spatial@gov®, now in its fourth year, is the only geospatial event organised in conjunction with the peak organisations in Australia and New Zealand representing the public, private, research and professional sectors of the spatial community.
In 2012, spatial@gov® will explore the theme Future Directions: Linking People, Policy and Place. Highly-regarded international and local leaders will speak on the future directions of place-based policies; how these policies, in turn, are closely linked to the delivery of government services to its citizens wherever they are located, and drive the innovation in the commercial and research sectors necessary to achieve this.
The 3-day event will also feature the presentations of the 2012 Asia-Pacific Spatial Excellence Industry Awards at the conference dinner, other networking events, a comprehensive technical exhibition showcasing innovative, place-based capabilities.
spatial@gov® Conference and Exhibition 2012
Date: Tuesday 20th – Thursday 22nd November 2012
Location: National Convention Centre Canberra
31 Constitution Avenue, Canberra ACT 2601
Organisers: Hannover Fairs Australia
Phone: +61 2 9280 3400
Critical GPS vulnerabilities highlighted at spatial@gov®
Spatial technology’s peak event
An over-reliance on the ageing Global Positioning System has put critical infrastructure at serious potential risk of failure if the GPS network is ever disrupted, Canberra-based spatial expert Nunzio Gambale has warned.
“The dependency that we are building on this technology is actually now becoming a sovereignty issue,” Mr Gambale said. “We have no local control of GPS satellites and no viable back-up for them. This is a critical vulnerability, and a serious problem.”
If the GPS system fails – or is deliberately interrupted through an act of economic sabotage – critical infrastructure ranging from the telephone system to automated teller machines and other financial services, all the way through to the electricity grid, would be at risk of catastrophic failure.
Mr Gambale is co-founder and Chief Executive Officer of Locata Corporation, a developer of location systems that complement the GPS system urban environments. He will present a keynote address at the CeBIT Global Conferences spatial@gov® conference titled ‘An Inconvenient Truth – GPS is a ticking time-bomb’.
Now in its fourth year, spatial@gov® is the largest spatial technology event in the region, to be held in Canberra over three days at the National Convention Centre from November 20-22. The event is expected to attract more than 500 spatial sector professionals.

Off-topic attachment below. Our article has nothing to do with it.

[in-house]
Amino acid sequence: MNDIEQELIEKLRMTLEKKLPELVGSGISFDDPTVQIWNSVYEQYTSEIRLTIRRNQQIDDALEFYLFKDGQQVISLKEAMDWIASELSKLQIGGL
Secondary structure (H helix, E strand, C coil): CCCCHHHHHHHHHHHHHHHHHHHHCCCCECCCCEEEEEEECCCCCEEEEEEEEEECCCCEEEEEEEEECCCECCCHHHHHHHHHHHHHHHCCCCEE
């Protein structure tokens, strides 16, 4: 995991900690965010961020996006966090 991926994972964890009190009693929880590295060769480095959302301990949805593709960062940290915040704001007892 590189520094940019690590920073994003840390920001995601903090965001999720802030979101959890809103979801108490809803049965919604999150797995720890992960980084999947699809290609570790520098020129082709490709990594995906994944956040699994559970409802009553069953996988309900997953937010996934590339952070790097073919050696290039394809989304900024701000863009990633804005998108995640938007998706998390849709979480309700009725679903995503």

spatial@gov® is firmly established as one of the most important events on the Australia ICT industry calendar. In 2012, it is being held in conjunction with the first face-to-face meeting of the Open Geospatial Consortium Forum for Australia and New Zealand. The OGC is a major international standards consortium of more than 465 companies, government agencies, research organisations, and universities participating in a consensus process to develop publicly available geospatial standards.
Mr Gambale says although the GPS system is still considered “the Gold Standard” for positioning, the critical dependencies are now caused by myriad applications that were never envisaged when GPS was developed in the 1970’s.
“GPS at its core is not a system that is about finding nearby pizza restaurants. The amount of critical national infrastructure that now relies on GPS for its fundamental operation is staggering… and almost completely unknown to people outside the GPS industry,” he said. “The nation – and the world – has to have a system to back-up GPS – and the sooner the better”.
Also speaking at spatial@gov® is US Air Force GPS specialist Chris Morin, from the 746 Test Squadron at the Holloman Air Force Base in New Mexico, who will address denial of service vulnerabilities in a presentation titled ‘Delivering the Truth in a GPS-Denied Environment’.
Other international speakers at spatial@gov® include Mark Reichardt, President & Chief Executive Officer, Open Geospatial Consortium, and. Dr Paul Smits from the Institute for Environment and Sustainability at the Joint Research Centre for Digital Earth and Reference Data Unit of the European Commission
Resources and Energy Minister Martin Ferguson – whose portfolio includes the Australian Government’s recently established Office of Spatial Policy – will also provide to the welcoming address at spatial@gov®, along with New Zealand Land Information Minister Maurice Williamson.
Any queries about these events, please contact James Riley at firstname.lastname@example.org or 0424 300 992.